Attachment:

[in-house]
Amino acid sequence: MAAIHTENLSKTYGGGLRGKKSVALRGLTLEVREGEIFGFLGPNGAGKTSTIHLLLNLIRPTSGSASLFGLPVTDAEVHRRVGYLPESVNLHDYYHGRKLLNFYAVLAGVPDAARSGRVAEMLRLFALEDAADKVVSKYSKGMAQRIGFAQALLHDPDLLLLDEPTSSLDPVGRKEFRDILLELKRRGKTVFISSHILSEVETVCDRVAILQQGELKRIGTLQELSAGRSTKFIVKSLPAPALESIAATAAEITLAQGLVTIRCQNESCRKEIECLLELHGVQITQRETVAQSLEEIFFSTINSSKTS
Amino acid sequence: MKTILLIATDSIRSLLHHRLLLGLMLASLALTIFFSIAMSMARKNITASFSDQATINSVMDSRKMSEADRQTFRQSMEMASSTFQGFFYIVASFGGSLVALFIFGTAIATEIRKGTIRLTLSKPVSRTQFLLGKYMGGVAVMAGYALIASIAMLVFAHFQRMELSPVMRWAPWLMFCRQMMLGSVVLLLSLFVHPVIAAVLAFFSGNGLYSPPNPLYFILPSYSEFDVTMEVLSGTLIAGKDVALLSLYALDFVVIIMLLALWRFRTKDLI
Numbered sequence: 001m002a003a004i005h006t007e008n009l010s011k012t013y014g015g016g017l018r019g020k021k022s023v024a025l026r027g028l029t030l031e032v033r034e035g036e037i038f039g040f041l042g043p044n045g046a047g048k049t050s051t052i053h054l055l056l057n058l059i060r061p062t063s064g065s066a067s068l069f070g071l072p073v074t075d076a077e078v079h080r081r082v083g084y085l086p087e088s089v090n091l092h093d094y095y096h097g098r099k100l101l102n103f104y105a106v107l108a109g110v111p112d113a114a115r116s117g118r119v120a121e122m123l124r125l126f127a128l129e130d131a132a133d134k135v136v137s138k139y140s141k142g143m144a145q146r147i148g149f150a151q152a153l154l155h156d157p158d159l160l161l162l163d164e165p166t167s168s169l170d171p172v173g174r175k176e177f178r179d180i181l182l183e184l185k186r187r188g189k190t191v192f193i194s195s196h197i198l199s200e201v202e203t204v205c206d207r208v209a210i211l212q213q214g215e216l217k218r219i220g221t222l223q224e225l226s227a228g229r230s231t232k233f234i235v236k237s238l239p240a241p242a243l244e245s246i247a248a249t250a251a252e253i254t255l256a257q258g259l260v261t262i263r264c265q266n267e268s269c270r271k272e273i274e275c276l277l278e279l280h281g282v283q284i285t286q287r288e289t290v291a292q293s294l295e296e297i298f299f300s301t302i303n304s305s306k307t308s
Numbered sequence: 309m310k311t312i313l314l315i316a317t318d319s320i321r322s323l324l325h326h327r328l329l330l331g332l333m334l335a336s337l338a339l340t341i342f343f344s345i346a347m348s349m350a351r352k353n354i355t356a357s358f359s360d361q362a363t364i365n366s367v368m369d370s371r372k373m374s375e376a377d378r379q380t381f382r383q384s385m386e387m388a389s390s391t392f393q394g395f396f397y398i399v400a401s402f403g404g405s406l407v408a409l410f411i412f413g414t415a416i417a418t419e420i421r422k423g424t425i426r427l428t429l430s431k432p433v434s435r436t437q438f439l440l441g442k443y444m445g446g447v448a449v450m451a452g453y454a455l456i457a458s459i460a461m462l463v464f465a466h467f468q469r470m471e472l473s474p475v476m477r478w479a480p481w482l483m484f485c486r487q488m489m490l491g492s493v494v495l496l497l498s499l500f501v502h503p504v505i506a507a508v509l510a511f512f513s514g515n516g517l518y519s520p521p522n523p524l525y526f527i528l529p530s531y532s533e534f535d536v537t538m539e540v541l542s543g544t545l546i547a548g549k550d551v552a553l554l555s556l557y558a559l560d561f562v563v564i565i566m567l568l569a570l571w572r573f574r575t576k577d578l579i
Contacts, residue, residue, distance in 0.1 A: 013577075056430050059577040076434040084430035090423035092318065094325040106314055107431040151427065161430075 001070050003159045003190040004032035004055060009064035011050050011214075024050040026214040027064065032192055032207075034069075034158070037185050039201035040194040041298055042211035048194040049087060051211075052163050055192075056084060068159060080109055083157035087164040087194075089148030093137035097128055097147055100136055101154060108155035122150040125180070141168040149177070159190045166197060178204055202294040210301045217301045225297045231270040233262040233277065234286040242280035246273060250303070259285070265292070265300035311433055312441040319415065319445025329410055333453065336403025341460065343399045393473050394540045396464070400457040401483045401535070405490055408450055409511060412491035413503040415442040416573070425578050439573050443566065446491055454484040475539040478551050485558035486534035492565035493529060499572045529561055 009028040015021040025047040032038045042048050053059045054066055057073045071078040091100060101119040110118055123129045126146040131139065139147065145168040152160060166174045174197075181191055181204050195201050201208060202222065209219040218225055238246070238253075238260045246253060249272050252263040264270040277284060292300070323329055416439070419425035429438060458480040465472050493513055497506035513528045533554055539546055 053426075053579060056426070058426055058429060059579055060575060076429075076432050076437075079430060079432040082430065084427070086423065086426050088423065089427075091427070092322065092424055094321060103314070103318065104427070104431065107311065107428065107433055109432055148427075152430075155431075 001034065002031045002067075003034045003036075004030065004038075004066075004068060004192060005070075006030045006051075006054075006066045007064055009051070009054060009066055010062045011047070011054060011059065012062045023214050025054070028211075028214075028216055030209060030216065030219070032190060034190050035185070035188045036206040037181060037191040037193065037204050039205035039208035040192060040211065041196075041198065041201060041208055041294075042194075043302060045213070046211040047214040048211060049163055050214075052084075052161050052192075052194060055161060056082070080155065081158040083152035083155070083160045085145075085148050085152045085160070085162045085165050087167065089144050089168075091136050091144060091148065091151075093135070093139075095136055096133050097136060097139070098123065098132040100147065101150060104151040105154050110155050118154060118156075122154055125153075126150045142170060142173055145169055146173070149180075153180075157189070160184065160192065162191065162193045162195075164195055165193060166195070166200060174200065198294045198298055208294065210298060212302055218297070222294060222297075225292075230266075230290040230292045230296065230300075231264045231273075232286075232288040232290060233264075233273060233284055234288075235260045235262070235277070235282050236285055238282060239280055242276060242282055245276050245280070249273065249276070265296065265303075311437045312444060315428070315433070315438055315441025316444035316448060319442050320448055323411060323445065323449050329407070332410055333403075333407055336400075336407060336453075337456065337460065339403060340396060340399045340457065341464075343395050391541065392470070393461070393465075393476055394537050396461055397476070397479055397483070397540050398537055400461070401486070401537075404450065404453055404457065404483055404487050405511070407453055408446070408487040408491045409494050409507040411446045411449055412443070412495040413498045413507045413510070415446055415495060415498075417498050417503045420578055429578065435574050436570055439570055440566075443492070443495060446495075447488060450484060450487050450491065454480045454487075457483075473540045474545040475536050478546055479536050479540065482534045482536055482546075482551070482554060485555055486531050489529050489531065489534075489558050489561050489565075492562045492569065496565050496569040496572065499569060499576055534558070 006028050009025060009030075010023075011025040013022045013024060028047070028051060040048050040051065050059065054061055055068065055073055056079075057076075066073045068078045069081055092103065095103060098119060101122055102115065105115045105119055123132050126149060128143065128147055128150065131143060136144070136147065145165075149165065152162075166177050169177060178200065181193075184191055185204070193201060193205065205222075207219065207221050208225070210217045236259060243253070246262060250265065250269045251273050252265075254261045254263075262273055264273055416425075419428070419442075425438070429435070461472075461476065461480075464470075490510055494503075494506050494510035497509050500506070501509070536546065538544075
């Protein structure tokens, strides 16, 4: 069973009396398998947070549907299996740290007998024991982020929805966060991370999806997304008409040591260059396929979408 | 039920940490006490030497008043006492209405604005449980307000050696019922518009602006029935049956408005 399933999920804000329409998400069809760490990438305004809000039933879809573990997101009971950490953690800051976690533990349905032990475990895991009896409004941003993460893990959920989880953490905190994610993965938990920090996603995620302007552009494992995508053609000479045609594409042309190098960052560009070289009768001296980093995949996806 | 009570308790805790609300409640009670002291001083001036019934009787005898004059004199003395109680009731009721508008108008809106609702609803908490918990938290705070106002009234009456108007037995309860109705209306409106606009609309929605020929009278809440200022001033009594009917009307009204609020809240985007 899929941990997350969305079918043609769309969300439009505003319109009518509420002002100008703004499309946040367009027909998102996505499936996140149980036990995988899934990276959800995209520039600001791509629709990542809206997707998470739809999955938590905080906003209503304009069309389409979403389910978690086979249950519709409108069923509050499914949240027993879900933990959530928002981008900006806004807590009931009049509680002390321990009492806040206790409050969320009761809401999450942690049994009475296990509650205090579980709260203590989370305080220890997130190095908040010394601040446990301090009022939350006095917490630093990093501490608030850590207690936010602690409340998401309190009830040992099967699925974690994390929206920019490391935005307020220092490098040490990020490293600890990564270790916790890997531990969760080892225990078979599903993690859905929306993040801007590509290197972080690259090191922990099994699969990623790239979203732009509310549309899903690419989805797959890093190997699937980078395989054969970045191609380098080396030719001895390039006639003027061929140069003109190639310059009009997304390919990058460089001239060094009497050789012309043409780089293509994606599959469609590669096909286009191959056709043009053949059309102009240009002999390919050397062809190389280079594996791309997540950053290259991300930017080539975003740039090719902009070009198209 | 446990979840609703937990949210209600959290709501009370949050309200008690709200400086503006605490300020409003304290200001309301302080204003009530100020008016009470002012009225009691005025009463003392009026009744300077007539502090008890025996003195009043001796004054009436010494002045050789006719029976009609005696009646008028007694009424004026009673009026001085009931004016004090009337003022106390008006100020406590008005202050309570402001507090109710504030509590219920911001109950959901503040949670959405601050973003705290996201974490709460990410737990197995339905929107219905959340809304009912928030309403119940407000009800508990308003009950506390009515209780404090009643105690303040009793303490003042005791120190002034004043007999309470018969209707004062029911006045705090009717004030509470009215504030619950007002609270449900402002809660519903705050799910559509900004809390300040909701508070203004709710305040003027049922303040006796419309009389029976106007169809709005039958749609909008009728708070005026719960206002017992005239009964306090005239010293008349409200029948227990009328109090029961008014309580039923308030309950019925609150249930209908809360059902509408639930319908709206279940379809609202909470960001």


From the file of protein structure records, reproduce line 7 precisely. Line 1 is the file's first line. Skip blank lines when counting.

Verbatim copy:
């Protein structure tokens, strides 16, 4: 069973009396398998947070549907299996740290007998024991982020929805966060991370999806997304008409040591260059396929979408 | 039920940490006490030497008043006492209405604005449980307000050696019922518009602006029935049956408005 399933999920804000329409998400069809760490990438305004809000039933879809573990997101009971950490953690800051976690533990349905032990475990895991009896409004941003993460893990959920989880953490905190994610993965938990920090996603995620302007552009494992995508053609000479045609594409042309190098960052560009070289009768001296980093995949996806 | 009570308790805790609300409640009670002291001083001036019934009787005898004059004199003395109680009731009721508008108008809106609702609803908490918990938290705070106002009234009456108007037995309860109705209306409106606009609309929605020929009278809440200022001033009594009917009307009204609020809240985007 899929941990997350969305079918043609769309969300439009505003319109009518509420002002100008703004499309946040367009027909998102996505499936996140149980036990995988899934990276959800995209520039600001791509629709990542809206997707998470739809999955938590905080906003209503304009069309389409979403389910978690086979249950519709409108069923509050499914949240027993879900933990959530928002981008900006806004807590009931009049509680002390321990009492806040206790409050969320009761809401999450942690049994009475296990509650205090579980709260203590989370305080220890997130190095908040010394601040446990301090009022939350006095917490630093990093501490608030850590207690936010602690409340998401309190009830040992099967699925974690994390929206920019490391935005307020220092490098040490990020490293600890990564270790916790890997531990969760080892225990078979599903993690859905929306993040801007590509290197972080690259090191922990099994699969990623790239979203732009509310549309899903690419989805797959890093190997699937980078395989054969970045191609380098080396030719001895390039006639003027061929140069003109190639310059009009997304390919990058460089001239060094009497050789012309043409780089293509994606599959469609590669096909286009191959056709043009053949059309102009240009002999390919050397062809190389280079594996791309997540950053290259991300930017080539975003740039090719902009070009198209 | 446990979840609703937990949210209600959290709501009370949050309200008690709200400086503006605490300020409003304290200001309301302080204003009530100020008016009470002012009225009691005025009463003392009026009744300077007539502090008890025996003195009043001796004054009436010494002045050789006719029976009609005696009646008028007694009424004026009673009026001085009931004016004090009337003022106390008006100020406590008005202050309570402001507090109710504030509590219920911001109950959901503040949670959405601050973003705290996201974490709460990410737990197995339905929107219905959340809304009912928030309403119940407000009800508990308003009950506390009515209780404090009643105690303040009793303490003042005791120190002034004043007999309470018969209707004062029911006045705090009717004030509470009215504030619950007002609270449900402002809660519903705050799910559509900004809390300040909701508070203004709710305040003027049922303040006796419309009389029976106007169809709005039958749609909008009728708070005026719960206002017992005239009964306090005239010293008349409200029948227990009328109090029961008014309580039923308030309950019925609150249930209908809360059902509408639930319908709206279940379809609202909470960001």